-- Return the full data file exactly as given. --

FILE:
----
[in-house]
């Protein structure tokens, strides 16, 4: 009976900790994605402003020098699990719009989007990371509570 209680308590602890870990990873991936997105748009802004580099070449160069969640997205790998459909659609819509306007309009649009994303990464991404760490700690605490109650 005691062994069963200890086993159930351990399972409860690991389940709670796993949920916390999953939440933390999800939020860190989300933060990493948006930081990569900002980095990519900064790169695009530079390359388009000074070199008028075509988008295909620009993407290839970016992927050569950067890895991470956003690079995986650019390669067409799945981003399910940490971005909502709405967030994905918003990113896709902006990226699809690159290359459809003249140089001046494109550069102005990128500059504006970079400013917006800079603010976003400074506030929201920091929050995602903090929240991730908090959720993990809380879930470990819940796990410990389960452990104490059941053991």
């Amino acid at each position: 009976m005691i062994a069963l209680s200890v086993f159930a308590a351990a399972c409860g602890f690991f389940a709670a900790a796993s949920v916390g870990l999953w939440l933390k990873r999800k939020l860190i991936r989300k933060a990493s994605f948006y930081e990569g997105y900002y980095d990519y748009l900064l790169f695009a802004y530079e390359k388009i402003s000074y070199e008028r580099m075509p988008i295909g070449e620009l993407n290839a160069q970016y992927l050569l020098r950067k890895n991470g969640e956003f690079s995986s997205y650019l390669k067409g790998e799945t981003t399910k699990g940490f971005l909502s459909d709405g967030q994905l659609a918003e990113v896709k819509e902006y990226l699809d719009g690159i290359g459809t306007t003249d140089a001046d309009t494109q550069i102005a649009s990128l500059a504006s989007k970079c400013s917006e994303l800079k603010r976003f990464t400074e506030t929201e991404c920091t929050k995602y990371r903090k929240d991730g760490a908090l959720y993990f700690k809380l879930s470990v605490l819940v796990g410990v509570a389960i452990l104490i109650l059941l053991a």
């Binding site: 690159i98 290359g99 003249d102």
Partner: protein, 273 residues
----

[in-house]
């Protein structure tokens, strides 16, 4: 009976900790994605402003020098699990719009989007990371509570 209680308590602890870990990873991936997105748009802004580099070449160069969640997205790998459909659609819509306007309009649009994303990464991404760490700690605490109650 005691062994069963200890086993159930351990399972409860690991389940709670796993949920916390999953939440933390999800939020860190989300933060990493948006930081990569900002980095990519900064790169695009530079390359388009000074070199008028075509988008295909620009993407290839970016992927050569950067890895991470956003690079995986650019390669067409799945981003399910940490971005909502709405967030994905918003990113896709902006990226699809690159290359459809003249140089001046494109550069102005990128500059504006970079400013917006800079603010976003400074506030929201920091929050995602903090929240991730908090959720993990809380879930470990819940796990410990389960452990104490059941053991």
């Amino acid at each position: 009976m005691i062994a069963l209680s200890v086993f159930a308590a351990a399972c409860g602890f690991f389940a709670a900790a796993s949920v916390g870990l999953w939440l933390k990873r999800k939020l860190i991936r989300k933060a990493s994605f948006y930081e990569g997105y900002y980095d990519y748009l900064l790169f695009a802004y530079e390359k388009i402003s000074y070199e008028r580099m075509p988008i295909g070449e620009l993407n290839a160069q970016y992927l050569l020098r950067k890895n991470g969640e956003f690079s995986s997205y650019l390669k067409g790998e799945t981003t399910k699990g940490f971005l909502s459909d709405g967030q994905l659609a918003e990113v896709k819509e902006y990226l699809d719009g690159i290359g459809t306007t003249d140089a001046d309009t494109q550069i102005a649009s990128l500059a504006s989007k970079c400013s917006e994303l800079k603010r976003f990464t400074e506030t929201e991404c920091t929050k995602y990371r903090k929240d991730g760490a908090l959720y993990f700690k809380l879930s470990v605490l819940v796990g410990v509570a389960i452990l104490i109650l059941l053991a």
């Binding site: 690159i98 290359g99 003249d102």
Partner: protein, 273 residues